Skip to main content

The Dark Side of BookTok Fame: Examining the Impact of "It Ends with Us" by Colleen Hoover

by Aadya Paswan 

In January, the exciting news broke that Blake Lively and Justin Baldoni were cast as Lily Bloom and Ryle Kincaid, respectively, for the on-screen adaptation of the bestselling novel "It Ends with Us" by Colleen Hoover. But as fans took to social media to express their opinions, it became evident that not everyone was thrilled with the casting choices. This begs the question: What caused such a strong reaction? The answer lies in the world of BookTok, where the perils of instant success are all too real.

Thanks to social media, we've become a society of book critics and skeptics, sharing our thoughts and emotions about books with people across the globe. BookTok, along with Book Twitter and Bookstagram, has been hailed as the force behind "making reading cool again," giving us a platform to share favorite quotes and express how fictional character deaths devastate us. And surprisingly, there's a vast audience eager to listen. This phenomenon has birthed what we now call "The Bookish Community," which thrives on various social media platforms, with TikTok being the favorite among avid readers.

Enter "BookTok," a hashtag that has amassed over 102 billion views since its inception. On BookTok, readers unleash their thoughts, share book recommendations and reviews, display artworks and cosplays inspired by beloved characters, and virtually discuss anything and everything related to books. It's a vibrant hub of short-form content that has captured the attention of millions.

One popular video format dominating BookTok is "Book recommendations based on specific tropes." Among these tropes, the enemies-to-lovers theme reigns supreme, generating over 5 billion views. And within the realm of popular recommendations stands a book that has risen to extraordinary heights on BookTok: "It Ends with Us" by Colleen Hoover.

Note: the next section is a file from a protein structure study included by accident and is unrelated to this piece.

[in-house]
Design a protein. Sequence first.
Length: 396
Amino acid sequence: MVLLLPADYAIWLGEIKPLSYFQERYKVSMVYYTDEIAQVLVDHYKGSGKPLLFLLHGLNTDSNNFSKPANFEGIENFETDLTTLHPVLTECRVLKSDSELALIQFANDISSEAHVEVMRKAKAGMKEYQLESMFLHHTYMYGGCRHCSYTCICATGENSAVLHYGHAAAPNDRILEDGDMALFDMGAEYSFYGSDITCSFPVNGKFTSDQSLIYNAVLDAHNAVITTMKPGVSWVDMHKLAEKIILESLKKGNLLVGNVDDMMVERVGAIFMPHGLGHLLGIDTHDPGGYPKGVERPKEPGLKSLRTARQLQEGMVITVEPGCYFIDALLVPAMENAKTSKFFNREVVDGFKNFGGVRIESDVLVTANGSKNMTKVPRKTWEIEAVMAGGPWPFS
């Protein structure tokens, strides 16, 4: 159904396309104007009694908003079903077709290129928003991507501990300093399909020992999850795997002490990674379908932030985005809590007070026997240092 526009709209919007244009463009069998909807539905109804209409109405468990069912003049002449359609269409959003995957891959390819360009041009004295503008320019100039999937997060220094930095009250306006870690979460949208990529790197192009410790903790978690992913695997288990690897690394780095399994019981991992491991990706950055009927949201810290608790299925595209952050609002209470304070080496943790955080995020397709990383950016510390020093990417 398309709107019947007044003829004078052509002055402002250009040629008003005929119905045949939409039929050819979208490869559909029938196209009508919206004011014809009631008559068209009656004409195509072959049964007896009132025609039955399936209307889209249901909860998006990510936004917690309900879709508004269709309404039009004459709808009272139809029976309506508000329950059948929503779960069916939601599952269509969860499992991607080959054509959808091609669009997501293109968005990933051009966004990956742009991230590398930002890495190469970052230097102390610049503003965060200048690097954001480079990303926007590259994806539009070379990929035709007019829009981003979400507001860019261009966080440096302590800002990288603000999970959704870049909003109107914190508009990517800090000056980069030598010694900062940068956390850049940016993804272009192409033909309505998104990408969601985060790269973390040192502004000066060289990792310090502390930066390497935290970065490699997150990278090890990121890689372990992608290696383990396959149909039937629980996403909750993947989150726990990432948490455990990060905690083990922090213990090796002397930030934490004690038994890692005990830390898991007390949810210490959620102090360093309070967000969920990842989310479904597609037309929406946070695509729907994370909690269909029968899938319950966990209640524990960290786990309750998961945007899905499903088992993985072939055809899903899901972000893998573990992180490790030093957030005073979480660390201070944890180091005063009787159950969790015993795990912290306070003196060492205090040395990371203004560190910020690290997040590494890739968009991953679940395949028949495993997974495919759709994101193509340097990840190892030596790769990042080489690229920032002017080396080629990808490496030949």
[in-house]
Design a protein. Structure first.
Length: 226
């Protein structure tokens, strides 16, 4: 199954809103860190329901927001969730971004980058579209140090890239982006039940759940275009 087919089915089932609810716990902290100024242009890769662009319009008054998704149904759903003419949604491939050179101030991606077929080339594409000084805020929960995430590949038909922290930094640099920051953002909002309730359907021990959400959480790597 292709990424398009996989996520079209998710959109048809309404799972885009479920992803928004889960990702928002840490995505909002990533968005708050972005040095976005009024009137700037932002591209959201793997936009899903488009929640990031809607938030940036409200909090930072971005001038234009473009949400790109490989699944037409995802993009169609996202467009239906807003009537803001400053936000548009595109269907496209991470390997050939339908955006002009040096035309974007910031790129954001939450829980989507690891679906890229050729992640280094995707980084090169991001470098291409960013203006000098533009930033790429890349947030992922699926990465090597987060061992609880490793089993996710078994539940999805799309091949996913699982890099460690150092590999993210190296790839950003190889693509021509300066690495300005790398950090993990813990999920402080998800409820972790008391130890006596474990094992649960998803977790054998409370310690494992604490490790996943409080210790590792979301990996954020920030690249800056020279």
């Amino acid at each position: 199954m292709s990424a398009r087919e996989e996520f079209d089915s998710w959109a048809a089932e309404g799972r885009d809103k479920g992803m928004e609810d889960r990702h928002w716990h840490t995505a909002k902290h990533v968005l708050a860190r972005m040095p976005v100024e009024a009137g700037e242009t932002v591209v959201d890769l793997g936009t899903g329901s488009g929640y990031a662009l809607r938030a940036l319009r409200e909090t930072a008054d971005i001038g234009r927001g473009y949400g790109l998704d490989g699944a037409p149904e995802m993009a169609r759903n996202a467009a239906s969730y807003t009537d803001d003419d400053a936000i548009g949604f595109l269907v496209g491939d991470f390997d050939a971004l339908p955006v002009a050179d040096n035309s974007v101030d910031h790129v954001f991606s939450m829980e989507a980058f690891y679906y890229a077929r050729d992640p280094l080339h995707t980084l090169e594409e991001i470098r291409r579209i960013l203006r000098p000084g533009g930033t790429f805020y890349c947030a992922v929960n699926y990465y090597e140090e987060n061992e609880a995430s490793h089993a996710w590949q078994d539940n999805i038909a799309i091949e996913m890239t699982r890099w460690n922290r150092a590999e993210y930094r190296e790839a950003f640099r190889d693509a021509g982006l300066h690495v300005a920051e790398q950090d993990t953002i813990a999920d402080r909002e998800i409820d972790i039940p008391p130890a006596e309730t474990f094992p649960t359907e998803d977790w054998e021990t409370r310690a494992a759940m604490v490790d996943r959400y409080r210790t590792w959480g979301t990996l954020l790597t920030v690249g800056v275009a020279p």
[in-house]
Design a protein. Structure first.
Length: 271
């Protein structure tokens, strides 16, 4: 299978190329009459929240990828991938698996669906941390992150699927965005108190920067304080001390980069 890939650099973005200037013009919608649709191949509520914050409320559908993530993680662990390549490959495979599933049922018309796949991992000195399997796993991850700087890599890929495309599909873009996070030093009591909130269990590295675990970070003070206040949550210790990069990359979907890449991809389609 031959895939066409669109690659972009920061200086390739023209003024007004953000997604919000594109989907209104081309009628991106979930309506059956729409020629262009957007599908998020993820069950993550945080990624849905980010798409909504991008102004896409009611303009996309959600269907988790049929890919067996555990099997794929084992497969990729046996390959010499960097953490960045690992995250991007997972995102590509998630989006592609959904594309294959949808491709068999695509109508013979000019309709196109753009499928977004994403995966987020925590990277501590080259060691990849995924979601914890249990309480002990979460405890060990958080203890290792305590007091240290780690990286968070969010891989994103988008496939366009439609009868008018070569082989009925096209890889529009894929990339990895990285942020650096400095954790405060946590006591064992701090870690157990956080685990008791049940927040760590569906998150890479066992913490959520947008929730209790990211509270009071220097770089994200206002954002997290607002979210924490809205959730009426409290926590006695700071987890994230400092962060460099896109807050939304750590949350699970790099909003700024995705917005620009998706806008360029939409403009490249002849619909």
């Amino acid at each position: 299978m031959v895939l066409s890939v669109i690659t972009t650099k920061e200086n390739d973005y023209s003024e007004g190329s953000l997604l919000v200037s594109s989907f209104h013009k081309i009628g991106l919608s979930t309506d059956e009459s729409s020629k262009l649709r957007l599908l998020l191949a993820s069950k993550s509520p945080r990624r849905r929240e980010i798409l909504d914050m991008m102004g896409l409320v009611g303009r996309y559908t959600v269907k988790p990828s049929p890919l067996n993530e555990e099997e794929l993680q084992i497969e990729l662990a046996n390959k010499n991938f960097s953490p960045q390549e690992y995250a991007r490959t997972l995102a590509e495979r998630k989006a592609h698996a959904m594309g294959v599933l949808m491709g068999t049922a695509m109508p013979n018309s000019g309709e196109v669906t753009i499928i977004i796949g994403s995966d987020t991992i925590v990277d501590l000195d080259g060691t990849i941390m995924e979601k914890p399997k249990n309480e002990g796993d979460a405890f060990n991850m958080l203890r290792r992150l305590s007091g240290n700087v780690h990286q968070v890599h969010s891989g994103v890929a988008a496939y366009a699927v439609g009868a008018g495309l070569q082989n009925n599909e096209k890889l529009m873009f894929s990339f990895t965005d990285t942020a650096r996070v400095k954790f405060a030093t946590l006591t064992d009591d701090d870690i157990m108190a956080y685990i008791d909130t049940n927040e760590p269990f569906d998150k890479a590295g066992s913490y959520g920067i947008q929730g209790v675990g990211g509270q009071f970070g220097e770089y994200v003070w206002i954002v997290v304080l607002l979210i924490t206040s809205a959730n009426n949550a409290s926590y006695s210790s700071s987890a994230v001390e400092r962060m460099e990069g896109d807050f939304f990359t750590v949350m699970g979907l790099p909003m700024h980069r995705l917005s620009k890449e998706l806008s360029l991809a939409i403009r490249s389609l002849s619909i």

Originally published in 2016, "It Ends with Us" has gained immense traction through countless recommendations on social media, particularly TikTok. This surge in popularity has catapulted the novel to the coveted status of a New York Times Bestseller, where it has spent a staggering 97 weeks, and has sold over 4 million copies.

The story revolves around Lily Bloom, a recent college graduate who relocates to Boston to open a flower store. While grappling with the pain of her parents' troubled relationship and haunted by memories of her past partner, Atlas Corrigan, Lily finds herself falling in love with neurosurgeon Ryle Kincaid. However, their future is put at risk when Atlas resurfaces. Yet, beneath the novel's apparent success lie some problematic elements.

"It Ends with Us" portrays Lily and Ryle co-parenting their daughter, but here's where the novel's troubles begin. Ryle, an established sex offender, is depicted as picking up their infant daughter at the end of the story, despite Lily's concerns about his temper. Her justification, "Despite what has happened between us in the past, he's still this baby's father," sends an anti-feminist message and neglects the responsibility of protecting her child. While it's important to note that we don't have to endorse the decisions made by fictional characters, it becomes crucial to critically examine the impact of such narratives, given the wide reach of Hoover's audience, particularly young readers.

The primary age group on BookTok consists of 13-24-year-olds, who often view "It Ends with Us" through a romantic lens due to its categorization as a "romance" novel. Unfortunately, the book's portrayal selectively condemns physical abuse endured by Lily while disregarding the mental abuse. Atlas Corrigan, the main love interest, initially appears as a breath of fresh air in the story. However, he takes advantage of Lily, who already suffers from a turbulent home life, engaging in a sexual relationship with her when she is underage. Disturbingly, the book fails to acknowledge this problematic dynamic. Hoover's writing style, known for its simplicity and accessibility, makes her novels particularly appealing to impressionable teenagers who comprise a significant portion of her readership.

Earlier this year, Hoover faced significant backlash for attempting to expand her target demographic by launching a coloring book called "It Ends with Us - The Coloring Book," featuring scenes from the bestselling novel. In a world where TikTok influences almost every aspect of young adults' lives, from fashion choices to media consumption, including their reading preferences, Hoover knowingly misguides her target audience into romanticizing abuse and manipulation.